6.6.7 The Complexity of Political Subsidiarity

The complexity of political subsidiarity makes it difficult for people to understand who is responsible and hold them to account.

Subsidiarity (2.8) doesn’t imply a hierarchy, with world government at its apex.  It is a segmentation of power, where each segment of decision-making is controlled at the appropriate level.  People find it easy to understand a hierarchy, which is a familiar model, but it is less easy to understand segmentation and subsidiarity.  Differences in understanding make it hard to reach agreement on how much power should be given to each layer of governance.

There are different layers of government within democratic countries, and further layers of multinational and global governance.  The book Multi-Level Governance, for example, describes how: “Multi-level governance has emerged as an important concept for understanding the dynamic relationships between state and non-state actors within territorially overarching networks”.  Ideally, given that the purpose of a democracy is to enable people to choose their representatives and governments, people should be able to make these choices by voting at every layer of subsidiarity.  In practice, though, there are problems in achieving this.  Deciding how to vote is more difficult, in proportion to the number of layers.

Political responsibility could, in theory, be hierarchical – so that each layer of politicians would appoint its representatives in the layer above.  The individual voter would only vote for local politicians in such a system and would only have, or need to have, a local access path to exert influence.  This would make local politicians much more important, but it would reduce a voter’s influence on the upper layers of governance.  It would be disempowering.

In practice, democratic countries have direct elections for both local and national politicians and, within the EU, elections for representatives in the European Parliament.  In America, there are elections at County and State levels of government and the election of the country’s president.  This gives at least three levels of voting, and there can be more in some countries.  These multiple levels of voting are what create the complexity of political subsidiarity.  People can only make meaningful choices in these elections if they understand the roles and responsibilities of each level, have some understanding of the political issues, recognise the politicians they are voting for and have sufficient information about the policy options available.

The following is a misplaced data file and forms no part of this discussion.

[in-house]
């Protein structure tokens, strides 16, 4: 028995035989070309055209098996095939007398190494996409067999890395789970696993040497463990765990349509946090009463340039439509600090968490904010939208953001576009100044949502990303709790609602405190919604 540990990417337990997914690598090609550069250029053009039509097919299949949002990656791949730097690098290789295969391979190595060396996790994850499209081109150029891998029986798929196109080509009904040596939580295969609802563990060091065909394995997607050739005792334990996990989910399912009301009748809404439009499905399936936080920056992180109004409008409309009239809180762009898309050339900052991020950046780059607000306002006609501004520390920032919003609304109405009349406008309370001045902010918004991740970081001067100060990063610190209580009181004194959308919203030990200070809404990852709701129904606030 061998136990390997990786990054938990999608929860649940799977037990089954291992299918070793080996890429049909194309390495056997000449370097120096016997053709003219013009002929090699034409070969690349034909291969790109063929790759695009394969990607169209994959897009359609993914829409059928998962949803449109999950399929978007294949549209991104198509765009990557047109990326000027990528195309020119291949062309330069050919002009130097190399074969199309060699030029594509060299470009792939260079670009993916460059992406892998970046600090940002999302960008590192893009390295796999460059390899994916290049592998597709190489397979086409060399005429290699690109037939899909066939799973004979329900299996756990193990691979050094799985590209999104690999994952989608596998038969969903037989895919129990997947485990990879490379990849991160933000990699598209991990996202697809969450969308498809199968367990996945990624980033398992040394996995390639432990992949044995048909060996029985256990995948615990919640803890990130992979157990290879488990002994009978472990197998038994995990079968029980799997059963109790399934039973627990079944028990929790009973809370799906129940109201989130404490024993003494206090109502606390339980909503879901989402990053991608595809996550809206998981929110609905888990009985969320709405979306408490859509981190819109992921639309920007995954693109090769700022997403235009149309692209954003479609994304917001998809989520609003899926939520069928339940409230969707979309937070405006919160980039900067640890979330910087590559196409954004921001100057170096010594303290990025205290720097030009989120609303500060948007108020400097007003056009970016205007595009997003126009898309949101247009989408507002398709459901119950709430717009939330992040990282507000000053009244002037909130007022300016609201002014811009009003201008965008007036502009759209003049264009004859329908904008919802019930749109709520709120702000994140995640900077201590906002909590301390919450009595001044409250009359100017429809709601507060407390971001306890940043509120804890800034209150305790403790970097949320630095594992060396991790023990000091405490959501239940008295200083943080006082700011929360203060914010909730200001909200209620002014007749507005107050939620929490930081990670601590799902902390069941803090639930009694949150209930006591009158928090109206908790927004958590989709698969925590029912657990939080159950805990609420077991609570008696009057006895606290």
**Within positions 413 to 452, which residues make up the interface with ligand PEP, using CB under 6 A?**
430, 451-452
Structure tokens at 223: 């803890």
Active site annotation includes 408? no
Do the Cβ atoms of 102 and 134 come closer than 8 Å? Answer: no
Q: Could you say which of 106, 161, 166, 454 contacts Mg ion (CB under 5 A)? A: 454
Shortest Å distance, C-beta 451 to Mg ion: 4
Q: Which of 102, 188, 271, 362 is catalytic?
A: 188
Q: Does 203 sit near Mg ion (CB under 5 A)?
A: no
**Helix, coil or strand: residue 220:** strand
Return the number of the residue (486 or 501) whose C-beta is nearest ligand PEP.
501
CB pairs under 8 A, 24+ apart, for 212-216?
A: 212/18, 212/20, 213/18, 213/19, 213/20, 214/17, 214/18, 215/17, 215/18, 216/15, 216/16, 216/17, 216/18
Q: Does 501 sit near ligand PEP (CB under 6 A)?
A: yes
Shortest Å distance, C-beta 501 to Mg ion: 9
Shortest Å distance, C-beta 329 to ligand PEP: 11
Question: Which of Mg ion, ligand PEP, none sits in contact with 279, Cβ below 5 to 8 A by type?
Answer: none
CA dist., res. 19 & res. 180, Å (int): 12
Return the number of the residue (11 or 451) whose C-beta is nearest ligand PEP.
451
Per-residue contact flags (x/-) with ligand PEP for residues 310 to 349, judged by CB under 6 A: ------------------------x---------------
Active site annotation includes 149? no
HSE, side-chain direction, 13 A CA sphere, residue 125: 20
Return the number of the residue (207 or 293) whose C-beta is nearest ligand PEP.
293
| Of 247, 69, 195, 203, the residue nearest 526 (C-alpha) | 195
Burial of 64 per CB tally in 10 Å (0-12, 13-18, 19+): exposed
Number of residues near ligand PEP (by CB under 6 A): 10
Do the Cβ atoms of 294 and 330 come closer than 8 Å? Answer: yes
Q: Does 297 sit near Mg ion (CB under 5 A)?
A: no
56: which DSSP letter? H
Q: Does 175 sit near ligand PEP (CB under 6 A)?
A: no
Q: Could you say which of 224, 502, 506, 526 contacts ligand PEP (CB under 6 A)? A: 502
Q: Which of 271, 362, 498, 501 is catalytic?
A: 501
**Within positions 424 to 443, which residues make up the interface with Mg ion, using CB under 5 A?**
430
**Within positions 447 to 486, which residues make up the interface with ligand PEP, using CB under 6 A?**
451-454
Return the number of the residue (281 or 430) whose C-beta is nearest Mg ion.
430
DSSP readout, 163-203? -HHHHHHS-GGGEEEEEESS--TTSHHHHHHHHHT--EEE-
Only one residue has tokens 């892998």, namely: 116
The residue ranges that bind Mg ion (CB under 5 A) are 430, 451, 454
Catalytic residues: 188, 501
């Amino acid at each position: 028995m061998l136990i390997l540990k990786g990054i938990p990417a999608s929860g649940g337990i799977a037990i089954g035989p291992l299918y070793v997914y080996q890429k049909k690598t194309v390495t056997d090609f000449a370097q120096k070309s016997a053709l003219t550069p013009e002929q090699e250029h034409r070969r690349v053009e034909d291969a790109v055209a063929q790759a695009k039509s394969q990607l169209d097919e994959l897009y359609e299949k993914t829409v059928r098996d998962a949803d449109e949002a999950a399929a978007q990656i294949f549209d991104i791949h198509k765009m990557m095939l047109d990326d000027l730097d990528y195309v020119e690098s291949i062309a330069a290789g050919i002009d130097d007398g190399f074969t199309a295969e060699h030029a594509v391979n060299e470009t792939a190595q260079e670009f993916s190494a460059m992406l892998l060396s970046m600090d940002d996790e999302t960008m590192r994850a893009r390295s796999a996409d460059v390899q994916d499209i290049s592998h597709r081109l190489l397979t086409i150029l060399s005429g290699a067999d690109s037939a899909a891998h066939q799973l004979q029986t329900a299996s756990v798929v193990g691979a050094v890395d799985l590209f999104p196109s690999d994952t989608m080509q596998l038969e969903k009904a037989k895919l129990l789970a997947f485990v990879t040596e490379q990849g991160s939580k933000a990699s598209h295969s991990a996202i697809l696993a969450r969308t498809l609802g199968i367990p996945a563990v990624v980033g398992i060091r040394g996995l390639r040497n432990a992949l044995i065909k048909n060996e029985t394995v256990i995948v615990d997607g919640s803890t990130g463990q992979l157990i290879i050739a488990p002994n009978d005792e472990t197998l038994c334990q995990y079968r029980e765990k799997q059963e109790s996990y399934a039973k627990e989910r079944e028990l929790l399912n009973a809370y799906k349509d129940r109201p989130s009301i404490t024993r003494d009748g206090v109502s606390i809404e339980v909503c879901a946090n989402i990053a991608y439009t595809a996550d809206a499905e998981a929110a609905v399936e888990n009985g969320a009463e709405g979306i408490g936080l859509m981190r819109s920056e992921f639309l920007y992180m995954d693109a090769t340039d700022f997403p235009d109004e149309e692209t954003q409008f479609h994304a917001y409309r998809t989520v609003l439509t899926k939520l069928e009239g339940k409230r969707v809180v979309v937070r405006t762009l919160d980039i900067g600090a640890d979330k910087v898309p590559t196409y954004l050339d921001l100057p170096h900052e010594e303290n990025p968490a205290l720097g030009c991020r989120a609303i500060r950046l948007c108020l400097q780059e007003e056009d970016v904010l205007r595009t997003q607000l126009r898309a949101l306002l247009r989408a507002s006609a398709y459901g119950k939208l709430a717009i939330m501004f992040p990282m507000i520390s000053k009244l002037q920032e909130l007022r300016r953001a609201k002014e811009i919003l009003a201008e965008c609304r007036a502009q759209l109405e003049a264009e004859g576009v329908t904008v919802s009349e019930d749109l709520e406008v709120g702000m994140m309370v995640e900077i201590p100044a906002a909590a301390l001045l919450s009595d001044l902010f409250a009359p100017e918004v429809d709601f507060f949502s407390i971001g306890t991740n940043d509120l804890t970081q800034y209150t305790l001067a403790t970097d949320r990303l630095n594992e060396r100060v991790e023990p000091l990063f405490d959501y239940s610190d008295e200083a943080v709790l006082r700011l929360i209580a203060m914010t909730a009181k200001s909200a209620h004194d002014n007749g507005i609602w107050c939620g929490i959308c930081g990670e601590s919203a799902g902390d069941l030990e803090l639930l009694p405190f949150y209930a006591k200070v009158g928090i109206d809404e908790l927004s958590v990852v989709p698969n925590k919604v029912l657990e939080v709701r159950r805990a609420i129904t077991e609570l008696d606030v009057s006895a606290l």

As described in the following sub-sections, multi-level governance faces several difficulties:

●  There is disagreement on how much power to allocate to each layer of governance (  Regional autonomy would lead to financial inequality unless money is redistributed between wealthy regions and poorer ones.

●  People might vote on the basis of their national or cultural identity, with potentially divisive results (  Many important political issues, such as public service levels, do not primarily depend on someone’s ethnicity.

●  Voters might have insufficient knowledge to give due weight to understand the importance of taking business needs into account (  During the 2016 referendum on Britain’s relationship with the EU, many people did not realise the degree to which employment and the economy would be damaged by leaving the bloc.

●  People might simply be confused by complexity, leading to apathy and a sense of disenfranchisement (  They find it easier to vote on party lines instead of thinking about the issues at each level of subsidiarity.

●  The distribution of power between Jews and Arabs in Israel-Palestine is a particularly thorny question (  There is growing support for a three-layer ‘one-state solution’ for living together, which might offer a model for other complex situations.



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This page is intended to form part of Edition 4 of the Patterns of Power series of books.  An archived copy of it is held at https://www.patternsofpower.org/edition04/667.htm.